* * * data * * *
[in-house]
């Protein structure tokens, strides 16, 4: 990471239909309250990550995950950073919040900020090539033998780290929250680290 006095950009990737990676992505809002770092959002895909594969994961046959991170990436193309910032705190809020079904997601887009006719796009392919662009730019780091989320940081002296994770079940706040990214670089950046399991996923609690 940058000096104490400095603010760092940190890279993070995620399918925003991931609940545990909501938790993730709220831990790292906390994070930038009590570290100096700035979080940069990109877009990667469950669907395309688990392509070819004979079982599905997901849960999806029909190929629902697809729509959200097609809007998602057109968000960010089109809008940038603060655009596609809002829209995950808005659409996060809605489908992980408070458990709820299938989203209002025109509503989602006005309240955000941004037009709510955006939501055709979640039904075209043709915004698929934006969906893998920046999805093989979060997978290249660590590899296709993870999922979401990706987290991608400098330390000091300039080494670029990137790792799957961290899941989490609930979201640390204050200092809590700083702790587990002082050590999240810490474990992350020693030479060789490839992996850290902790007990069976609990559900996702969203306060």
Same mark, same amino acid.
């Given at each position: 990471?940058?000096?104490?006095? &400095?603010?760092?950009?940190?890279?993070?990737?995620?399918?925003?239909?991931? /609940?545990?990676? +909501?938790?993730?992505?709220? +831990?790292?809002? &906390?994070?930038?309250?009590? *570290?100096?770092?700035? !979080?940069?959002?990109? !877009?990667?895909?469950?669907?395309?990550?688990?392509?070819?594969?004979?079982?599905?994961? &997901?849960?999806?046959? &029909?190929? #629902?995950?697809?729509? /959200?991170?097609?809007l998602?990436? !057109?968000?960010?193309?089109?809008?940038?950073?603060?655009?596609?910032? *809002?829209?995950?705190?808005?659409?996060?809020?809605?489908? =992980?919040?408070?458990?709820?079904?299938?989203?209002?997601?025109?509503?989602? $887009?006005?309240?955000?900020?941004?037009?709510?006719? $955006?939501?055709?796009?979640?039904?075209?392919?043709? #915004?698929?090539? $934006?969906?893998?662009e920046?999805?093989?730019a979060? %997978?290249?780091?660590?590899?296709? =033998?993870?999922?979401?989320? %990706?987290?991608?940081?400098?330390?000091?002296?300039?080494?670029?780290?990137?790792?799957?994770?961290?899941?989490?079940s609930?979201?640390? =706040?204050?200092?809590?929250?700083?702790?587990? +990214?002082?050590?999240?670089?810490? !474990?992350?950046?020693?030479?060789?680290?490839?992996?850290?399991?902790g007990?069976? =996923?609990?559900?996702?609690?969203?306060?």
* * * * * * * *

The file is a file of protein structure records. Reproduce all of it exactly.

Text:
[in-house]
């Protein structure tokens, strides 16, 4: 990471239909309250990550995950950073919040900020090539033998780290929250680290 006095950009990737990676992505809002770092959002895909594969994961046959991170990436193309910032705190809020079904997601887009006719796009392919662009730019780091989320940081002296994770079940706040990214670089950046399991996923609690 940058000096104490400095603010760092940190890279993070995620399918925003991931609940545990909501938790993730709220831990790292906390994070930038009590570290100096700035979080940069990109877009990667469950669907395309688990392509070819004979079982599905997901849960999806029909190929629902697809729509959200097609809007998602057109968000960010089109809008940038603060655009596609809002829209995950808005659409996060809605489908992980408070458990709820299938989203209002025109509503989602006005309240955000941004037009709510955006939501055709979640039904075209043709915004698929934006969906893998920046999805093989979060997978290249660590590899296709993870999922979401990706987290991608400098330390000091300039080494670029990137790792799957961290899941989490609930979201640390204050200092809590700083702790587990002082050590999240810490474990992350020693030479060789490839992996850290902790007990069976609990559900996702969203306060």
Same mark, same amino acid.
């Given at each position: 990471?940058?000096?104490?006095? &400095?603010?760092?950009?940190?890279?993070?990737?995620?399918?925003?239909?991931? /609940?545990?990676? +909501?938790?993730?992505?709220? +831990?790292?809002? &906390?994070?930038?309250?009590? *570290?100096?770092?700035? !979080?940069?959002?990109? !877009?990667?895909?469950?669907?395309?990550?688990?392509?070819?594969?004979?079982?599905?994961? &997901?849960?999806?046959? &029909?190929? #629902?995950?697809?729509? /959200?991170?097609?809007l998602?990436? !057109?968000?960010?193309?089109?809008?940038?950073?603060?655009?596609?910032? *809002?829209?995950?705190?808005?659409?996060?809020?809605?489908? =992980?919040?408070?458990?709820?079904?299938?989203?209002?997601?025109?509503?989602? $887009?006005?309240?955000?900020?941004?037009?709510?006719? $955006?939501?055709?796009?979640?039904?075209?392919?043709? #915004?698929?090539? $934006?969906?893998?662009e920046?999805?093989?730019a979060? %997978?290249?780091?660590?590899?296709? =033998?993870?999922?979401?989320? %990706?987290?991608?940081?400098?330390?000091?002296?300039?080494?670029?780290?990137?790792?799957?994770?961290?899941?989490?079940s609930?979201?640390? =706040?204050?200092?809590?929250?700083?702790?587990? +990214?002082?050590?999240?670089?810490? !474990?992350?950046?020693?030479?060789?680290?490839?992996?850290?399991?902790g007990?069976? =996923?609990?559900?996702?609690?969203?306060?």